J. H. Chamberlain, the leading creative force within Martin and Chamberlain, was profoundly influenced by Ruskin and his promotion of Venetian Gothic; Chamberlain played a unique role in defining Birmingham's civic architecture during the 1860s and 1870s, helping give shape to the city's celebrated movement of social and artistic improvement. He designed a number of other important public buildings, including libraries, baths, and hospitals, but in setting the style for the board schools he made an especially significant and lasting contribution to Birmingham's built environment.

Dixon Road School opened in 1879, providing places for 977 boys, girls and infants; a separate infant school with attached master's or caretaker's house stands immediately to west. The road bordering the schools to east was previously nameless, and the road and schools were named in honour of George Dixon, the Liberal politician and educational reformer who, as president of the National Education League, had been influential in the establishment of the school boards; Dixon was chairman of the Birmingham Board from 1876. In the 1990s the building underwent considerable alteration for conversion to flats.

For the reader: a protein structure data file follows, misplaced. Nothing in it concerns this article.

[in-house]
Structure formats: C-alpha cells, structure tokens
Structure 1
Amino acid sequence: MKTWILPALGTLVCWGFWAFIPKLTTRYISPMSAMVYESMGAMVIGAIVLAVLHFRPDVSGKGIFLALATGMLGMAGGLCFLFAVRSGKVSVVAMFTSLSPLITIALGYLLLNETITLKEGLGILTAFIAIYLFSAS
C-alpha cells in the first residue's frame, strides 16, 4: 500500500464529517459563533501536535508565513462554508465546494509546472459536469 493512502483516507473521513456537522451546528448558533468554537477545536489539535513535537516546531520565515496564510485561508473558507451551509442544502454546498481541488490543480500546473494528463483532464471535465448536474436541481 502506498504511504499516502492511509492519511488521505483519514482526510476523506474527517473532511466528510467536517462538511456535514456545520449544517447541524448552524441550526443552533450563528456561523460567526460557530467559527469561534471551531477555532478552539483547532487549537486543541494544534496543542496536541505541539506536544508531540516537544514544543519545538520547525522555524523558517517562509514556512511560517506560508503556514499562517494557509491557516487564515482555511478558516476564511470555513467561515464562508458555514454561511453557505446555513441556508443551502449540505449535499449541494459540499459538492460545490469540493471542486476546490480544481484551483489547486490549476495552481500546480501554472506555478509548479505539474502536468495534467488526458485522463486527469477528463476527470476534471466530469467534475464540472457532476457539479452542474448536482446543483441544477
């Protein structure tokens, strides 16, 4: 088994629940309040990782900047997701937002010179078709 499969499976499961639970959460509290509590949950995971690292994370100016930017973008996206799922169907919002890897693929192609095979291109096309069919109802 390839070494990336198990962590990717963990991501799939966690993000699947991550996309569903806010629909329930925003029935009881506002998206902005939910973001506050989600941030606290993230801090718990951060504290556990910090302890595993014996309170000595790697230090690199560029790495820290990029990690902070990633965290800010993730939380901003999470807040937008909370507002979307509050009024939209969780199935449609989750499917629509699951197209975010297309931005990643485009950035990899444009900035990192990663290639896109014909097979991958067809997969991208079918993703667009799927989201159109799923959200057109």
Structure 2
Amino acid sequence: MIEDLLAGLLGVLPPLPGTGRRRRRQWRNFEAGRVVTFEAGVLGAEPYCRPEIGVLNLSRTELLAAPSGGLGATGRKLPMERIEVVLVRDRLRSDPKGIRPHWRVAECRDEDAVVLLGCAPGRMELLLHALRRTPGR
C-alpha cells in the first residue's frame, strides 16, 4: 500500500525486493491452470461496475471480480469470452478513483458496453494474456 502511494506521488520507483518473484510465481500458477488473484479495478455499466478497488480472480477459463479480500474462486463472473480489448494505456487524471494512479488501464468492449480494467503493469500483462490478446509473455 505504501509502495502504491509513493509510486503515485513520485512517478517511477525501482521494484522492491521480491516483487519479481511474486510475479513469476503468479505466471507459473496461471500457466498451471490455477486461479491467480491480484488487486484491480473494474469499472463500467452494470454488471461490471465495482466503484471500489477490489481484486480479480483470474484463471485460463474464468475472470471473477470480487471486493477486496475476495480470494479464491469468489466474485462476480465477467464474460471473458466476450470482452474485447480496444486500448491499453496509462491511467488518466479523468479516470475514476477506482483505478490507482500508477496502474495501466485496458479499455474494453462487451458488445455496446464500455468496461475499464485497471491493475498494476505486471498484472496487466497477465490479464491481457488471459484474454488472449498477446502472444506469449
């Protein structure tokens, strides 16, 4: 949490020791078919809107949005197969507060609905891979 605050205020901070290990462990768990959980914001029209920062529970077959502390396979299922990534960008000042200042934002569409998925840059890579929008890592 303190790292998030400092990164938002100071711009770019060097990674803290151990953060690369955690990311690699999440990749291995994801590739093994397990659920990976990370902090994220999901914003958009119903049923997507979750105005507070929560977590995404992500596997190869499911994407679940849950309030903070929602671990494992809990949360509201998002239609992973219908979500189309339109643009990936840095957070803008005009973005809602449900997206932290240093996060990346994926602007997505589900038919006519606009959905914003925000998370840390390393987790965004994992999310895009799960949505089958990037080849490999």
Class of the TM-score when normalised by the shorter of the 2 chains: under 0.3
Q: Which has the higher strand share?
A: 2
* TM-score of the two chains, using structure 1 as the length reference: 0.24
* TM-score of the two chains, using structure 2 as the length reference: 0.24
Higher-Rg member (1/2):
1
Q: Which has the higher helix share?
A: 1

Reasons for Listing

* Architect: a handsome school by Martin and Chamberlain, one of the leading architectural practices in late-Victorian Birmingham
* Historical: the former Dixon Road School is one of the earliest of twenty-six surviving schools built by the Birmingham School Board, which together form one of the most important groups of board schools in the country
* Group value: with the associated junior infant school (qv) standing directly to west, with which it has strong visual links; the street frontage of the two contrasting but complementary schools retains its integrity

External Links